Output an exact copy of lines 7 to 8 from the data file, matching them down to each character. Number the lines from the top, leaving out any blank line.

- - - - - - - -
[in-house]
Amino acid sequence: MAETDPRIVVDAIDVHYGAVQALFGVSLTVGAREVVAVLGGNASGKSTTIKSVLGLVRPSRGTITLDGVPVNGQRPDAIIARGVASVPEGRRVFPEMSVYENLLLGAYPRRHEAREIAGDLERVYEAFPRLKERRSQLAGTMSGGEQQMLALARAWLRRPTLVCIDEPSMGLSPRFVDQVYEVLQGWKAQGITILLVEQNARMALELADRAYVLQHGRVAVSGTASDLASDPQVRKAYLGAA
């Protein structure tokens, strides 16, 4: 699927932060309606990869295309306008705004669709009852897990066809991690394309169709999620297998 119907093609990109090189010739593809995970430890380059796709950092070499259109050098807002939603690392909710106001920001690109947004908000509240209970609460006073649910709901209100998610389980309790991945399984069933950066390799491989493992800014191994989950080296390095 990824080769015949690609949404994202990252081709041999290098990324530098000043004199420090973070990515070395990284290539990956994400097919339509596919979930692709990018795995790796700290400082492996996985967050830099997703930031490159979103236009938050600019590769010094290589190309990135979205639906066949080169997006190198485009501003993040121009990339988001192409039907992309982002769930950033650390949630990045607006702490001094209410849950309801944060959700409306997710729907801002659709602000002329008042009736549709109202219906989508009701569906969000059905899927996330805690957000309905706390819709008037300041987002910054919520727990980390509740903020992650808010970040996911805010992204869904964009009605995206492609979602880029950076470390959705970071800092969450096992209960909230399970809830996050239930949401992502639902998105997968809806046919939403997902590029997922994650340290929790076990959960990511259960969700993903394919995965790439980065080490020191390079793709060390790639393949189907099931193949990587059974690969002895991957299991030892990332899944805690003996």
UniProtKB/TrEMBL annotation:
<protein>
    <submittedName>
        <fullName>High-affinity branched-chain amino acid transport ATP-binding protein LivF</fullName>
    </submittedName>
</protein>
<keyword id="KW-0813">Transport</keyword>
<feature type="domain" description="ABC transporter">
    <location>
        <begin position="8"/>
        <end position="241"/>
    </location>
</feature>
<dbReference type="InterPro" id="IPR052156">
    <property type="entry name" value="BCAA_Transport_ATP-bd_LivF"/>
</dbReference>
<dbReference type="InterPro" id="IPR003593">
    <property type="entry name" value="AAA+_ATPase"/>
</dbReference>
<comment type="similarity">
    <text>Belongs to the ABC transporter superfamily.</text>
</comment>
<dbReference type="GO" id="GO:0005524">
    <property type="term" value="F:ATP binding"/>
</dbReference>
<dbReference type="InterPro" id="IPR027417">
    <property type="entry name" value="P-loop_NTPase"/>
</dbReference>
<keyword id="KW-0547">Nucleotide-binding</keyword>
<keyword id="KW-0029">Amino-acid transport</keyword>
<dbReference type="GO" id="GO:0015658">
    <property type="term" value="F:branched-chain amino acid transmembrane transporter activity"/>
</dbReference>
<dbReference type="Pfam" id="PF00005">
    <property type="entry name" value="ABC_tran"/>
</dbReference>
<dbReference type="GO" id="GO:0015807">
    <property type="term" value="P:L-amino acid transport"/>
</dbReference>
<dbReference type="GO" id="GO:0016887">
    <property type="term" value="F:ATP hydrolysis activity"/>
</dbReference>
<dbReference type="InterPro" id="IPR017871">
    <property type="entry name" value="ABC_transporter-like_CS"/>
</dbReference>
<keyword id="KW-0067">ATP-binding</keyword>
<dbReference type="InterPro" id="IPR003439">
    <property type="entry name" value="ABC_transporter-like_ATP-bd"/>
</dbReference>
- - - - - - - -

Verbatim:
        <fullName>High-affinity branched-chain amino acid transport ATP-binding protein LivF</fullName>
    </submittedName>